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Uganda, 27 October 2016: UNICEF Uganda, UNHCR providing education to over 26,000 South Sudanese refugee primary children

By Catherine Ntabadde Makumbi

© UNICEF Uganda/2016
South Sudan refugee children attend class in a temporary learning shelter provided by UNICEF in Pagirinya refugee settlement.

Hello pupils! Hello teacher! How are you? We are fine thank you. I have brought some guests to see you. Can we clap for them?

This is the conversation between the Head Teacher of Pagirinya 1 Primary School in Adjumani District West Nile and pupils of Primary One B.

The school is accommodating 1,876 South Sudanese refugee children, thanks to UNICEF Uganda which has provided 5 tents of 72 meters squared to act as temporary classrooms and Windle Trust which recruited 22 teachers for this school. Windle Trust is a partner of the UN Refugee Agency (UNHCR). The 1,876 are among the refugees that came to Uganda since July 2016.

UNHCR is also providing accommodation to the teachers in the refugee settlements.

The teacher in Primary One B continues with his work, taking the children through the days of the week, Sunday, Monday, Tuesday, Wednesday, Thursday, Friday and Saturday. The pupils repeat after him.

Emmanuel Ibaga, the head teacher says pupils in Primary One-Primary Two study half day while those in Primary three-Primary four learn up to 4pm. “Those who study up to 4pm are sent back home (within the settlement) to eat and return thereafter,” he explains.

© UNICEF Uganda/2016
South Sudan refugee children leave class in Pagirinya refugee settlement, Northern Uganda.

Each class has three teachers to manage the high numbers. Allan Azur (not real names), 10 years old came to Uganda on September 22, 2016. “Because of the war, I left home and came here. I came with my aunt. My parents died of liver sickness before the war,” Azur clad in a marron checked shirt and black short, a uniform of his previous school in Sudan says.

Azur who is in Primary 4 likes to study at the Pariginya 1 Primary School and says English is his best language. Indeed he spoke good English throughout the interview.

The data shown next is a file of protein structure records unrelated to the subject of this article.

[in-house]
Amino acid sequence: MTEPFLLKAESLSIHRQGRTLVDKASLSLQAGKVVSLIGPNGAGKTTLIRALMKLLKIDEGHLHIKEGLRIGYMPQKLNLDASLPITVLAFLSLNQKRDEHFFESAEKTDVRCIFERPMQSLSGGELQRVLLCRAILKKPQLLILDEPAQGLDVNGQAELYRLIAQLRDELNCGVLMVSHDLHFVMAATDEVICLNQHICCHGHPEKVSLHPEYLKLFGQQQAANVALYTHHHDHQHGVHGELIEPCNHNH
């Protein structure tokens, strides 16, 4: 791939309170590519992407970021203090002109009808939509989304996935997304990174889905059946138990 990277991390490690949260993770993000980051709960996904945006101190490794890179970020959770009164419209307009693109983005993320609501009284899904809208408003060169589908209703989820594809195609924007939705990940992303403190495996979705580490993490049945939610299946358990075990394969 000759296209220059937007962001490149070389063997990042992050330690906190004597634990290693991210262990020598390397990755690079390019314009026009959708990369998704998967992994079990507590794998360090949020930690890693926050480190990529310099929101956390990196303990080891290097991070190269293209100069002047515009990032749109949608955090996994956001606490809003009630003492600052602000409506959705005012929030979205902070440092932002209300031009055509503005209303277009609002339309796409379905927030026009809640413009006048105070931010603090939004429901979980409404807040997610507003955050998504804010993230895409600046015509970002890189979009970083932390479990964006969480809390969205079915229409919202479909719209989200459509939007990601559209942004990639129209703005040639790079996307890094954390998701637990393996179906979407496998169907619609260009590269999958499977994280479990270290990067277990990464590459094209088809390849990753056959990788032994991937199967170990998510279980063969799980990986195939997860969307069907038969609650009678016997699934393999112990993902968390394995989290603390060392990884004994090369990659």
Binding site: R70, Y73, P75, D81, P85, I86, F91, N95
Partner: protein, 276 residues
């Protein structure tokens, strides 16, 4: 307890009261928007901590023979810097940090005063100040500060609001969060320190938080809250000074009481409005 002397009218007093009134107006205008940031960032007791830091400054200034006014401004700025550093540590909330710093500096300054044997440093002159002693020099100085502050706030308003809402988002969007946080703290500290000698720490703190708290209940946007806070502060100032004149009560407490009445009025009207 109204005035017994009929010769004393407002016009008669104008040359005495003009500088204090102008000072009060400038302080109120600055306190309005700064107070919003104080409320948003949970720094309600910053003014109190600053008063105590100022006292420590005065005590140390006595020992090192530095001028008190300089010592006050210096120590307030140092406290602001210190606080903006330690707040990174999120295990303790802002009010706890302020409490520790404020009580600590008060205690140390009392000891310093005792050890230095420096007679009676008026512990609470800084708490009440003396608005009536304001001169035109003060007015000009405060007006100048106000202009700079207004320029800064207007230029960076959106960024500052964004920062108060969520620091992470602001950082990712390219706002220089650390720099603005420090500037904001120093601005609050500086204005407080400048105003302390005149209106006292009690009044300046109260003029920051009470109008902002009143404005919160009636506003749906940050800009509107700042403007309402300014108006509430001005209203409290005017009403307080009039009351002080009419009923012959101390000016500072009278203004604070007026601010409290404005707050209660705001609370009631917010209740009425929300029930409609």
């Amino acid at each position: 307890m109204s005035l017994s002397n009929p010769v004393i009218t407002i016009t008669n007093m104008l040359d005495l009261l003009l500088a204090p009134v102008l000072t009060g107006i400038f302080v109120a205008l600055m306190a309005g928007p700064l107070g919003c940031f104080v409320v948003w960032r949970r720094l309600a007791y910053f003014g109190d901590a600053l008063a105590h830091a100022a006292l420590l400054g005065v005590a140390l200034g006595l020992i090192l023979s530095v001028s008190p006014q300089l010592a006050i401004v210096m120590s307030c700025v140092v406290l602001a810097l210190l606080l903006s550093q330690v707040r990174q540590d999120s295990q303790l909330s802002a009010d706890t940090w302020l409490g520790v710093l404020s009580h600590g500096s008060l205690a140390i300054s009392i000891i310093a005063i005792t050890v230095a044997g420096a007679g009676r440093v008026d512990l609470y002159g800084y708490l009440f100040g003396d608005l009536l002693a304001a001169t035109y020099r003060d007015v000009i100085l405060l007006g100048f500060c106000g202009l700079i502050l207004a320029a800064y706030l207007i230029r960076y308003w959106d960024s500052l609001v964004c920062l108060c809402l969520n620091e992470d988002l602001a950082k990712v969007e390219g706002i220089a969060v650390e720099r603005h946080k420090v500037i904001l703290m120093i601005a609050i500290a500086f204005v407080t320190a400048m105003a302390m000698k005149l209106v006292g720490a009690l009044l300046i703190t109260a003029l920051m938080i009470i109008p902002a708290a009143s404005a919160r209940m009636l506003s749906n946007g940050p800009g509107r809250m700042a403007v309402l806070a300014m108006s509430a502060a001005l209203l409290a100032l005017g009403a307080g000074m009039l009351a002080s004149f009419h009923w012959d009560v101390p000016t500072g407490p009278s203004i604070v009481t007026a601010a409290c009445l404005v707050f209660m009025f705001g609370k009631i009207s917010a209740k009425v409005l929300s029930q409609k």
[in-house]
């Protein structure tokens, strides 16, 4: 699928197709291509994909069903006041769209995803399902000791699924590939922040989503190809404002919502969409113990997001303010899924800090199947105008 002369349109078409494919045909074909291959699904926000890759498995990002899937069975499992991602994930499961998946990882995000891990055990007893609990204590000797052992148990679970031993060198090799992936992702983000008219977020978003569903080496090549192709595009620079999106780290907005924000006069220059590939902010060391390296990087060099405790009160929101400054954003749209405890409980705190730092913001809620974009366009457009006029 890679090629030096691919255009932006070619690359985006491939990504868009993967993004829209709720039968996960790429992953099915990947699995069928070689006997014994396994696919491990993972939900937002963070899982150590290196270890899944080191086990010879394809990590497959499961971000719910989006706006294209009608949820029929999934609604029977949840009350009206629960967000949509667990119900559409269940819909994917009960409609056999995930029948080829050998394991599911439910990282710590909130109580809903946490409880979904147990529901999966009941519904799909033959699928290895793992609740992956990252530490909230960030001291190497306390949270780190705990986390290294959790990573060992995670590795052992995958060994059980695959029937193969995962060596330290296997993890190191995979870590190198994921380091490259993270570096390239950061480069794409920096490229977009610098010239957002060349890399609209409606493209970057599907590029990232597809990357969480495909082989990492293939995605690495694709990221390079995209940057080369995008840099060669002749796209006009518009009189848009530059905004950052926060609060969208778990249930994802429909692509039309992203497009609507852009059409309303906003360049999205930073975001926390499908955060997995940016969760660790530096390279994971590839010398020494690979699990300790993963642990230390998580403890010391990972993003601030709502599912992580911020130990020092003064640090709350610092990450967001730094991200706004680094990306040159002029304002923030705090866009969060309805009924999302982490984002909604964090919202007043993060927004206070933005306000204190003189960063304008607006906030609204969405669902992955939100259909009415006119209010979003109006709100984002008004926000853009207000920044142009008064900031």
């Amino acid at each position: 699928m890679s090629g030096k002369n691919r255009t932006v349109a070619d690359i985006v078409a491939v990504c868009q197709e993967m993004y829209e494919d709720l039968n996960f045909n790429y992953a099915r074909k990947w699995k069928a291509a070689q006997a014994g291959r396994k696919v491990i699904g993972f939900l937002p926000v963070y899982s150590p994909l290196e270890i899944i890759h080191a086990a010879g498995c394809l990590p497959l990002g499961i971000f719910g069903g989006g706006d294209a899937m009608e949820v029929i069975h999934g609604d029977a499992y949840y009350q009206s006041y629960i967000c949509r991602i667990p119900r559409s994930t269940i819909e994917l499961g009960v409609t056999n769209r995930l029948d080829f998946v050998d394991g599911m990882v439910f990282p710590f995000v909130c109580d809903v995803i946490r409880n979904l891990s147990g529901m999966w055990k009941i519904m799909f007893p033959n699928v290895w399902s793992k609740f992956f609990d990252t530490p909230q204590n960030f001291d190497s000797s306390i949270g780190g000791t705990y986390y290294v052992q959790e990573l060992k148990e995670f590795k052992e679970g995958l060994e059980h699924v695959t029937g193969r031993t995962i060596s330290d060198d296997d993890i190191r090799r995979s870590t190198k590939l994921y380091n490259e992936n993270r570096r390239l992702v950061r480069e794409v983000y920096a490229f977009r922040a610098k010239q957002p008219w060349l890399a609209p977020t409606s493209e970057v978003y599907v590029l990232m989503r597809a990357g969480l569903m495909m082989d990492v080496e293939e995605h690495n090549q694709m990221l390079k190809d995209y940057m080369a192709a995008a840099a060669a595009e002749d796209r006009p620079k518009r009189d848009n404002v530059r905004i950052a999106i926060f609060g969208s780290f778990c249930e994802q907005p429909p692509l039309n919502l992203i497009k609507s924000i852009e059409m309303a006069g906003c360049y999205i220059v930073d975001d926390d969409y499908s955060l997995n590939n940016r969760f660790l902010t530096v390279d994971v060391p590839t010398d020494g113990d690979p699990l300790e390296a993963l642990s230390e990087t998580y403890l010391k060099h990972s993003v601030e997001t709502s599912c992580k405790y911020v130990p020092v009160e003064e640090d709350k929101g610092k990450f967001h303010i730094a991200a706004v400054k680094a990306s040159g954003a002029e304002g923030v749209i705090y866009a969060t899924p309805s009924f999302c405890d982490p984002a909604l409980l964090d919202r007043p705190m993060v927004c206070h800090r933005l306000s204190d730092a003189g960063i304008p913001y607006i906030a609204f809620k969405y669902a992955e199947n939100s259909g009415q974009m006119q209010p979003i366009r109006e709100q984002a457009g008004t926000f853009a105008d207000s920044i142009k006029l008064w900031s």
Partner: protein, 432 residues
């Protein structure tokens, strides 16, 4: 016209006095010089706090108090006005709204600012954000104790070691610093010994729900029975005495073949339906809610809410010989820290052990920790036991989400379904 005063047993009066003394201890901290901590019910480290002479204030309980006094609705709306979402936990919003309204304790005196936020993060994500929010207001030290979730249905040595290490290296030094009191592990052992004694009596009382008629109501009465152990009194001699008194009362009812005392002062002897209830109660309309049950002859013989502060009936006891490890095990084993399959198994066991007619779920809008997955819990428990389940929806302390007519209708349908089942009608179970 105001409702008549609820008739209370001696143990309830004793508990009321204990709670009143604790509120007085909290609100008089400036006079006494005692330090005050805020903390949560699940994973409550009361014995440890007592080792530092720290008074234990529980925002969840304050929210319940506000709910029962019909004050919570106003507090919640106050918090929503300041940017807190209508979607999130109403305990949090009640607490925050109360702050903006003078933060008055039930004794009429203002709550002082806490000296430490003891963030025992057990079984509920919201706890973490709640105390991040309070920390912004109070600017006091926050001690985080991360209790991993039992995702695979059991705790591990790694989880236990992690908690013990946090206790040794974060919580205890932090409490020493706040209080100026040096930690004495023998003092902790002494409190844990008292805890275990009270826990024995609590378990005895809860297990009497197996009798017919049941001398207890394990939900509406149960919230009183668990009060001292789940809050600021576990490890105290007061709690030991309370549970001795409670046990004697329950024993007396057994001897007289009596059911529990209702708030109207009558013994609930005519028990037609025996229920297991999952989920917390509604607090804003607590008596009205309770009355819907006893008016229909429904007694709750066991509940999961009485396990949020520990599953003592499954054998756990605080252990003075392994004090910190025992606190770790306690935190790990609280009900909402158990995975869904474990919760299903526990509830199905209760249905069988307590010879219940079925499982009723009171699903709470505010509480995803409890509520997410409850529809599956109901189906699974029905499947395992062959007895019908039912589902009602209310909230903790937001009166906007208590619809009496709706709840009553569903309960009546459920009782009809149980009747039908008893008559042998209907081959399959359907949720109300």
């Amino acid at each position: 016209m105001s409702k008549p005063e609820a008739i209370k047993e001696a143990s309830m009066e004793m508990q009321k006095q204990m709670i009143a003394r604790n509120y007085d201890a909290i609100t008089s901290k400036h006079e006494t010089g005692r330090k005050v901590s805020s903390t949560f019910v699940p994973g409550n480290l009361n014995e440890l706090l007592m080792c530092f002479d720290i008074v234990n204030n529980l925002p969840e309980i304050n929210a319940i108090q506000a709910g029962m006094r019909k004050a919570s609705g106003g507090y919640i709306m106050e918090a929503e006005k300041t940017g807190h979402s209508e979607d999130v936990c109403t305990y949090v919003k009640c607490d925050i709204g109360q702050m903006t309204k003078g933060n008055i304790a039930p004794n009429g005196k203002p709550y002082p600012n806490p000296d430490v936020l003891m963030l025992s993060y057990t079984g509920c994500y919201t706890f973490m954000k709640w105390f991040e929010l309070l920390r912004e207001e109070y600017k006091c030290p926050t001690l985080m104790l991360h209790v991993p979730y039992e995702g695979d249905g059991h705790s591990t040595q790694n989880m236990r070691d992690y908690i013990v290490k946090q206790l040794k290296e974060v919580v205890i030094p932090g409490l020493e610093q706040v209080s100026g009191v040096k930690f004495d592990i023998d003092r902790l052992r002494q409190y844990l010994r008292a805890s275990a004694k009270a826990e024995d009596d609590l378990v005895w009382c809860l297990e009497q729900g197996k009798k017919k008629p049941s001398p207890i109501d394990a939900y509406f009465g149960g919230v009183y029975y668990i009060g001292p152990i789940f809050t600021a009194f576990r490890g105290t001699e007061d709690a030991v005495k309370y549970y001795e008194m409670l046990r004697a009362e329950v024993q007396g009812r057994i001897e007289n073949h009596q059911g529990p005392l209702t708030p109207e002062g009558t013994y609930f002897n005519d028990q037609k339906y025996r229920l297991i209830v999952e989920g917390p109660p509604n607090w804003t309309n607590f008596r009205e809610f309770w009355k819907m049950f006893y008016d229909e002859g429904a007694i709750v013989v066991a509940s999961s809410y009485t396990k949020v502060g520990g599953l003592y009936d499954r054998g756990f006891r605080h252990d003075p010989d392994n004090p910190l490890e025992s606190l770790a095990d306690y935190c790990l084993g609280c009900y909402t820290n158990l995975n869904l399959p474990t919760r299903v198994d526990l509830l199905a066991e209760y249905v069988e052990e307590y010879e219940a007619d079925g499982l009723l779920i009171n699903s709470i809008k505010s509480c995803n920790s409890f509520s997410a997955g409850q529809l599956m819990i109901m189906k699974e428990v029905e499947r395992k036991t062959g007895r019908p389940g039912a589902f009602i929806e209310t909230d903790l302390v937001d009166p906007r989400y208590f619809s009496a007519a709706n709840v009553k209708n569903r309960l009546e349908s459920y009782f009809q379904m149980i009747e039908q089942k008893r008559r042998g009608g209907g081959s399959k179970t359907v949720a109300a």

When running away from the war, Azur did not come alone. He crossed to Uganda with his 9 year old sister, who is in Primary three at the same school.

In Primary three classroom, the teacher is taking the pupils through the process of structuring sentences starting with the words “What did……”

This is where a team from UNICEF meets Azur’s sister, Evelyn Among (not real names). She is happy for the scholastic materials given to them by UNICEF. “The teacher distributes to us books, pens, pencils which we use in class,” says Among who is also dressed in a maroon checked dress uniform of her previous school in Sudan, similar to that of her brother Azur.

Among wants to become a teacher because as a child, she notes that she faced many challenges to access education. After school, Among helps her aunt to fetch water from a borehole which is within easy access near her home.

UNICEF Gulu Zonal Office Emergency Education Officer Dorothy Birungi says UNICEF distributed 13 replenishment kits to Maaji Primary School which has over 3,500 pupils and to Pagirinya 1 in Adjumani to support the education of the pupils.

Pagirinya Refugee Settlement has 23,766 refugees. The Government of Uganda through the Office of the Prime Minister and UNHCR are coordinating the overall response of the South Sudanese refugees in Adjumani, Yumbe and Kiryandongo districts with support from other partners like UNICEF.

UNICEF’s humanitarian response in three districts is in the areas of education, health, child protection, water, sanitation and hygiene.

Reports from the UNICEF Gulu zonal office indicate that 4,721 refugees are registered in Pagirinya Settlement in three primary schools; Pagirinya government primary school, Pariginya 1&2 feeder primary schools.

In Kiryandongo refugee settlement, the enrolment of the refugees is 8,263 while in Bidibidi Refugee Settlement, Yumbe District, there are 13,508 in 10 feeder primary schools established in zone 1 and 2 by Windle Trust.

In the schools, UNICEF supported them with 16 tents of 72 meters squared for learning shelter in addition to providing water and sanitation services like safe water supply, handwashing facilities, according to Birungi.

Windle Trust and UNHCR are in the process of constructing new schools in Pagirinya and Bidibidi Refugee Settlements.

 

 
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